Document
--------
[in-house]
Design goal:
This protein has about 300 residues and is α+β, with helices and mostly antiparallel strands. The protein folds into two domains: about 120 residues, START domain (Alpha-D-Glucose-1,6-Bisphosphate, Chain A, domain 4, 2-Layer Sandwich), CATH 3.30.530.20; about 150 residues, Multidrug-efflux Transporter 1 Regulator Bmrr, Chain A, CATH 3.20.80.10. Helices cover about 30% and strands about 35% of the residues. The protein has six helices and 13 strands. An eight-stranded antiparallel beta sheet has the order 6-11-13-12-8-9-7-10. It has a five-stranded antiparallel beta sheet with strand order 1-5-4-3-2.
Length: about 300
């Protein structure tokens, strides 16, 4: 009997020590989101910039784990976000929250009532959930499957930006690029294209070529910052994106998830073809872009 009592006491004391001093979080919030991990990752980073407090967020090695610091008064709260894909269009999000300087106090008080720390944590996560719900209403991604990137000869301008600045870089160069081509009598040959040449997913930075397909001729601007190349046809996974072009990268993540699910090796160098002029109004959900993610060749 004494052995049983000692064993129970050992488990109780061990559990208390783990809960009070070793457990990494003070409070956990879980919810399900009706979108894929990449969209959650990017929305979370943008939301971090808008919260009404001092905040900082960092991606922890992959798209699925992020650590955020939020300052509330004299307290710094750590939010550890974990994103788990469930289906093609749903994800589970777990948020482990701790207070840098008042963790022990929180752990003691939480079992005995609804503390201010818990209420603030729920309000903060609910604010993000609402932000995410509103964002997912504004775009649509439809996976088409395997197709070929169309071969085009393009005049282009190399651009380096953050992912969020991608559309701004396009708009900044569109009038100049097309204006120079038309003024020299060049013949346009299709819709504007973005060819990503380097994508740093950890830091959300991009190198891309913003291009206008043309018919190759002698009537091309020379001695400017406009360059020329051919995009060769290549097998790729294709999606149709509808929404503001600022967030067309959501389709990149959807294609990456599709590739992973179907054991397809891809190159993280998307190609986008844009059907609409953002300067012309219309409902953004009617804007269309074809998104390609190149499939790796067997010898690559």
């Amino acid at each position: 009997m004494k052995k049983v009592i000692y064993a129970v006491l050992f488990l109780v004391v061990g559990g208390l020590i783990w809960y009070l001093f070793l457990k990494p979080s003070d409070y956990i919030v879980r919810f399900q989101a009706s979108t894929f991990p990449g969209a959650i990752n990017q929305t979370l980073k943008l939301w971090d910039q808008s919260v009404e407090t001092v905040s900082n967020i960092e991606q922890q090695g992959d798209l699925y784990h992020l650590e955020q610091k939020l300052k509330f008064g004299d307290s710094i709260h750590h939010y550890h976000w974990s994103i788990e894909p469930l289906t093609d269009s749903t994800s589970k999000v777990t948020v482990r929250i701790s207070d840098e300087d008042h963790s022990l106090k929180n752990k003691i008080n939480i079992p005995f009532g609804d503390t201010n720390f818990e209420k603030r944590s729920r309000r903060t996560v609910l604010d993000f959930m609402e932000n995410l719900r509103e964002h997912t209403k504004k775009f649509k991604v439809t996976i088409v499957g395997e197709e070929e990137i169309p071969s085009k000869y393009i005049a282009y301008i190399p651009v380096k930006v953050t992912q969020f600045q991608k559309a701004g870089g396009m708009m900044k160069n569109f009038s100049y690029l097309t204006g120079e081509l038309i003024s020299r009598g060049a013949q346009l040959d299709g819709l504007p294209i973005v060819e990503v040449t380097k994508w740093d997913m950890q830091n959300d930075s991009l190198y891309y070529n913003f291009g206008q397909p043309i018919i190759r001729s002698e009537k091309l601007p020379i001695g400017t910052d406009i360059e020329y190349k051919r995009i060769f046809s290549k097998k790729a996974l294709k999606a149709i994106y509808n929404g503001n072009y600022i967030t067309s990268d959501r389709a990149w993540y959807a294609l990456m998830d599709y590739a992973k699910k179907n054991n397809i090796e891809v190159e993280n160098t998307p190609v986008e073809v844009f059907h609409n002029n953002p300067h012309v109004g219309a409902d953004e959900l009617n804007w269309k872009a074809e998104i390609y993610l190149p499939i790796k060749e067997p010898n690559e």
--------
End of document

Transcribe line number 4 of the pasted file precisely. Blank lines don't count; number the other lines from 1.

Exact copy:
Length: about 300